"Television is a huge battle," Kurt added. "Even if the show's okay, the commercials are terrible."

Yet this impulse, the desire for a mother to keep her kids away from "Sex in the City" and Sarah Jessica Parker, is not unique to Christians. Right?

Mary Novick said the revulsion at such things comes from natural law. Sitting at a table with fellow College Republicans from the Franciscan University of Steubenville in Ohio, she explained: "Natural law comes from God and ["Sex in the City" shows a] disregard for the sanctity of love and marriage and human dignity. It's within our nature to be repulsed from that."

Novick is a smartly dressed woman with a pink sweater, pearls and impeccable posture. She is president of the campus chapter of the College Republicans. The six who've traveled with her are friendly, outspoken and polite. They are not the foot soldiers of the Reagan Revolution, but the children of those foot soldiers. And they're troubled by the leaders in the Republican field for president.

Having come of age during the Clinton years, the group was asked: What's so wrong with Hillary?

"Ooooh," 20-year-old journalism major Emily Espinola groaned. "What do you want? She wants to be a dictator. I really think she wants to be a dictator, because she's a socialist. She wants to socialize medicine and she presents it in this beautiful wonderful way but she doesn't talk about the consequences, which are more taxes, bigger government."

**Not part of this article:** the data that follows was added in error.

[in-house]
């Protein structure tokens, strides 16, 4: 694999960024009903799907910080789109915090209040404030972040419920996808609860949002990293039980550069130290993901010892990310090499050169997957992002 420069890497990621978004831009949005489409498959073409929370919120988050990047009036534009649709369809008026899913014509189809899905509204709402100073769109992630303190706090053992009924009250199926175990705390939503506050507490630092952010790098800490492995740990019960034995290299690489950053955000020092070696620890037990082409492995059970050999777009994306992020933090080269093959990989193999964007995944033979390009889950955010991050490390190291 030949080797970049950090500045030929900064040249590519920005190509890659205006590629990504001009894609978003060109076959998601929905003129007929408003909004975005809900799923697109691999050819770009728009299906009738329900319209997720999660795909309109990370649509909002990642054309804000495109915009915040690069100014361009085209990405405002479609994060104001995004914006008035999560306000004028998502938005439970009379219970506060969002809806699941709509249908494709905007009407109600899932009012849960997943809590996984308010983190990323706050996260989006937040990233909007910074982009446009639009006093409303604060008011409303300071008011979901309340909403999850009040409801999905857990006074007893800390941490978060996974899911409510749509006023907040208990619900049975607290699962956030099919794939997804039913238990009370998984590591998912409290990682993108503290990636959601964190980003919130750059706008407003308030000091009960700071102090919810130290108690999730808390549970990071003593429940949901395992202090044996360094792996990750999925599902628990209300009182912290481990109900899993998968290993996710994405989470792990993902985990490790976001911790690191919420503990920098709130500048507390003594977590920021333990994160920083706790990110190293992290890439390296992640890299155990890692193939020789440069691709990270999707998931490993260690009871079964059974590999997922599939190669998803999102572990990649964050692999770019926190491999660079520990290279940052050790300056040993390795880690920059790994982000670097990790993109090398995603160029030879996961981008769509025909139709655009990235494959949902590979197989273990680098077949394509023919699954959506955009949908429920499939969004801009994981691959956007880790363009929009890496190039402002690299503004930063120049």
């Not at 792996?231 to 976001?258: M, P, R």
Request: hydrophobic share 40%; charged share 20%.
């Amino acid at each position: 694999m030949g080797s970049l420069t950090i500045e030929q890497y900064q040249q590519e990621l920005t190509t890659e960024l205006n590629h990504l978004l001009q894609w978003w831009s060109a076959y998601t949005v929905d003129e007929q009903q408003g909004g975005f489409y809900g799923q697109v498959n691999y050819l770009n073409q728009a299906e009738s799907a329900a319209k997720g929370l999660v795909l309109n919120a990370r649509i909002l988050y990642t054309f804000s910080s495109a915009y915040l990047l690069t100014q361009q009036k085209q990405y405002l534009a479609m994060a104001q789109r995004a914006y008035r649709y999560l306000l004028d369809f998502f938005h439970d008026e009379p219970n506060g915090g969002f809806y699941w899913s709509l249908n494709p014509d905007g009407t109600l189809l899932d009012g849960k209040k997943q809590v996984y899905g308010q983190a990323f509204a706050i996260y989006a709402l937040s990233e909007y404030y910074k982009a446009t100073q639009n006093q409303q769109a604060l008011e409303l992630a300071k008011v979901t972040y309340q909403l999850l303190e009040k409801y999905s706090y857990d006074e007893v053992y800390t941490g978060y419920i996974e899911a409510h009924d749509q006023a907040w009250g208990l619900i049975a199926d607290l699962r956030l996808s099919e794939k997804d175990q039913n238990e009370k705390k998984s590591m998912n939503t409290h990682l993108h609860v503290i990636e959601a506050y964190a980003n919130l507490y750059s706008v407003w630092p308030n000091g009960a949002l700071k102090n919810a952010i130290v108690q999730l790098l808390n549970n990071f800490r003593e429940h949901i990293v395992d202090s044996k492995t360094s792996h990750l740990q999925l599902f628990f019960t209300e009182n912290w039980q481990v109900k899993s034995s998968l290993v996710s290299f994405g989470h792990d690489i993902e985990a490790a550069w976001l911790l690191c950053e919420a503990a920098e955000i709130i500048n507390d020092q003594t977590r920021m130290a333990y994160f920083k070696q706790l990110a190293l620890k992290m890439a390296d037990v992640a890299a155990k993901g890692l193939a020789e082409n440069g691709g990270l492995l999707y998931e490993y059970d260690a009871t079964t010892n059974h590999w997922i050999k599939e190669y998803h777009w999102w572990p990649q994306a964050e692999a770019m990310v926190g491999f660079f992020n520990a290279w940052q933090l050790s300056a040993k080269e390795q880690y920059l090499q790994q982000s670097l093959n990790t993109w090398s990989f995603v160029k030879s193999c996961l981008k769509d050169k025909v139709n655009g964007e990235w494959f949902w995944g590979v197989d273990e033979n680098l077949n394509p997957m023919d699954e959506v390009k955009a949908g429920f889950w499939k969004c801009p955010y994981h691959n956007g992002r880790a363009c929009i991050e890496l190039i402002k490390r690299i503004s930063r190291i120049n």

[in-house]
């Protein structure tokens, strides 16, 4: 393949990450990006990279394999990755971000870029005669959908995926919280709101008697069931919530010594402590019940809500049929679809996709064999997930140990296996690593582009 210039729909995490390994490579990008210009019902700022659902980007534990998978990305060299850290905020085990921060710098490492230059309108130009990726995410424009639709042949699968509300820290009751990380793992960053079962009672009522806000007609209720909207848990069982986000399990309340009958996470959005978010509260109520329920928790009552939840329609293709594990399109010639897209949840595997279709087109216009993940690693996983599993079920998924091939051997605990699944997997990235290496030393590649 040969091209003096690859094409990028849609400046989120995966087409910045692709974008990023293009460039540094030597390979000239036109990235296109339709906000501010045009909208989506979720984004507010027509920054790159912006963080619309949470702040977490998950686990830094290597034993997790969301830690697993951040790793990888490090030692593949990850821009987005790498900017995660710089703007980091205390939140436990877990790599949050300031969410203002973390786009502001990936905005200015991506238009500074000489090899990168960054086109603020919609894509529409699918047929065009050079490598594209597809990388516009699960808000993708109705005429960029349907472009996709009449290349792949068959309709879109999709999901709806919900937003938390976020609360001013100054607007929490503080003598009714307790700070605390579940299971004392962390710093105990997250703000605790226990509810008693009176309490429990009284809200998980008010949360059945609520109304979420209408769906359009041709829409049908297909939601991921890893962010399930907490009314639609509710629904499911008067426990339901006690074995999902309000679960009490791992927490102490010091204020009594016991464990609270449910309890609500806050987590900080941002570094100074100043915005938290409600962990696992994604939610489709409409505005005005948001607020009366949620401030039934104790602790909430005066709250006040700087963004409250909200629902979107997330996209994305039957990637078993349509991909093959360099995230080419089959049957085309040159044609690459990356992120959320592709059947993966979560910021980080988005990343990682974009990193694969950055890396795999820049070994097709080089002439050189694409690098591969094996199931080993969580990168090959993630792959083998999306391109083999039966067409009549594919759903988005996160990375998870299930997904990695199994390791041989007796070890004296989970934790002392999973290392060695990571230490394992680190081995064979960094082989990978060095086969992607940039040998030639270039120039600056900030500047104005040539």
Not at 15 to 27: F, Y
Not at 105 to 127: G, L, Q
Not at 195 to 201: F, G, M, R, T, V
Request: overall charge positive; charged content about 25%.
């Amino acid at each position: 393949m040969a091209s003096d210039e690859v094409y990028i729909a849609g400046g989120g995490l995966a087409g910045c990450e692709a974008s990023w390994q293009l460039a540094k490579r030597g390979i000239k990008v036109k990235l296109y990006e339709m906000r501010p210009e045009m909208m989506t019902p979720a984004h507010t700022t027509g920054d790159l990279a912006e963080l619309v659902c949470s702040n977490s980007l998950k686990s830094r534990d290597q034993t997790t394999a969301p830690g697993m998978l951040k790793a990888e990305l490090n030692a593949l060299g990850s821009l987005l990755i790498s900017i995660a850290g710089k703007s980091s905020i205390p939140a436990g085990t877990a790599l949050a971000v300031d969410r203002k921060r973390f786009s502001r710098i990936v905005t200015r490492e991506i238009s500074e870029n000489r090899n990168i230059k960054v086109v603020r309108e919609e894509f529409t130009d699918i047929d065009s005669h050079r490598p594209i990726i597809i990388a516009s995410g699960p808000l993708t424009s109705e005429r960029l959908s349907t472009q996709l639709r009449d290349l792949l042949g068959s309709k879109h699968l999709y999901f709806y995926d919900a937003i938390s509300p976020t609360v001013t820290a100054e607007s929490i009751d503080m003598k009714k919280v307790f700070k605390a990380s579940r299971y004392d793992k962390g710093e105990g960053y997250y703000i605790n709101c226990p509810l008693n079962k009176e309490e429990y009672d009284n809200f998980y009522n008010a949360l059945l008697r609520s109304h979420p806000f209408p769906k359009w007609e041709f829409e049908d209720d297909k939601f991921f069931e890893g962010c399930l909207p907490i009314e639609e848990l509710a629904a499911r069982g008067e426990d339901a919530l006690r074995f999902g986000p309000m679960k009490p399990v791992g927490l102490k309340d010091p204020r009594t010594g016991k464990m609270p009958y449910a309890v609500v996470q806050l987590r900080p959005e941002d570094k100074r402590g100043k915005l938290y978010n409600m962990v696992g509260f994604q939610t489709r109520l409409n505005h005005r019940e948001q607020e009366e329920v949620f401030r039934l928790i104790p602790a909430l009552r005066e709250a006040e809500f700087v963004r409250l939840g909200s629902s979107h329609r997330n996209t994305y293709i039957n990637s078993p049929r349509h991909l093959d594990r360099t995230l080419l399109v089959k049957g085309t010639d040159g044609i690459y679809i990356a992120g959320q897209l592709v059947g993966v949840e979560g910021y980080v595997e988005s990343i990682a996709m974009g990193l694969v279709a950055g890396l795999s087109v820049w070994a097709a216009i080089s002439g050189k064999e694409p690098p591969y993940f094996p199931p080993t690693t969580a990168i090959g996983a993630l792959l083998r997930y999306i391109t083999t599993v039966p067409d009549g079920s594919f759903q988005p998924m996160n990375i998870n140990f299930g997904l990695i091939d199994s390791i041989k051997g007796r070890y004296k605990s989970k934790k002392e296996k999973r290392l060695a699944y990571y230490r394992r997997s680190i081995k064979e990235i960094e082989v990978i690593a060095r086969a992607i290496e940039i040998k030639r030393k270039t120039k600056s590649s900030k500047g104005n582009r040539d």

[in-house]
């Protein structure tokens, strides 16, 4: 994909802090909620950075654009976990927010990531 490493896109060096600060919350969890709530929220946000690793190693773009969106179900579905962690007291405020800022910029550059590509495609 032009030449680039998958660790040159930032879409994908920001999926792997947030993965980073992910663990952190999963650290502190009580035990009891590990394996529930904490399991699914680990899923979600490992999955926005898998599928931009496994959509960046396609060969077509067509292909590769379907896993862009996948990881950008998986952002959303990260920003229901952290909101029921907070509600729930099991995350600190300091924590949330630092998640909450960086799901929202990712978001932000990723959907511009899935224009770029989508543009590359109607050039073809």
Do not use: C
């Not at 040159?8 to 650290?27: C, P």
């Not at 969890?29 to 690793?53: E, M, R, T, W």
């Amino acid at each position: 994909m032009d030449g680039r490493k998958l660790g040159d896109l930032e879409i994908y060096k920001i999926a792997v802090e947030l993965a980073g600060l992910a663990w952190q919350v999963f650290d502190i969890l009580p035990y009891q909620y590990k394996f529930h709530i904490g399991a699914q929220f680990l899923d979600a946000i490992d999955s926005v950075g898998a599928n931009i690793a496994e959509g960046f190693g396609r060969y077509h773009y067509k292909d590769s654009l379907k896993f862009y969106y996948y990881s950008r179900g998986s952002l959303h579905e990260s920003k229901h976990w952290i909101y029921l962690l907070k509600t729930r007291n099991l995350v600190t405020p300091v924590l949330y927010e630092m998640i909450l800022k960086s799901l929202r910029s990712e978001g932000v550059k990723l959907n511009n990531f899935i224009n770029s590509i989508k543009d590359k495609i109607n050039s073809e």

"What will end up happening with her health plan is making rationing by wait lists," Novick said. "The elderly or anybody who has any kind of really kind of life-threatening illness will end up being euthanized by wait lists."

"It happens in Canada all the time," Espinola said. "I have friends in Canada who can vouch for it."

Indeed, one finds a devoted group looking for someone to devote themselves to. For the most part they are without a candidate, despite the controversial results of a straw poll in which Mitt Romney narrowly defeated Mike Huckabee.

"I've just turned 18 and this is the first election I can vote in," said Kelly Roggensack, a political science and business marketing major. "I don't want to vote for Rudy Giuliani, whom I don't fully support. It's going to be really upsetting."

"People are less trusting. They want to drill down to see if this is really a conservative candidate," said Family Research Council President Tony Perkins.

Perhaps most prominent of these drillers is James C. Dobson, the conservative stalwart and founder and chairman of Focus on the Family. Recently he suggested he'd side with a smaller party if not satisfied with the nominee's commitment to ending abortion and stemming gay marriage.

Dobson himself addressed the issue during a Saturday night gala honoring him. After the guests were served grilled filet mignon, he told the 1,100 in the audience:

"The media's been telling everybody for months and months and months that the pro-family movement and the pro-life movement are dying.

"Well, to the media's that here, may I say, 'Welcome to the morgue. We ain't dead yet.' "

© 2007 The Washington Post Company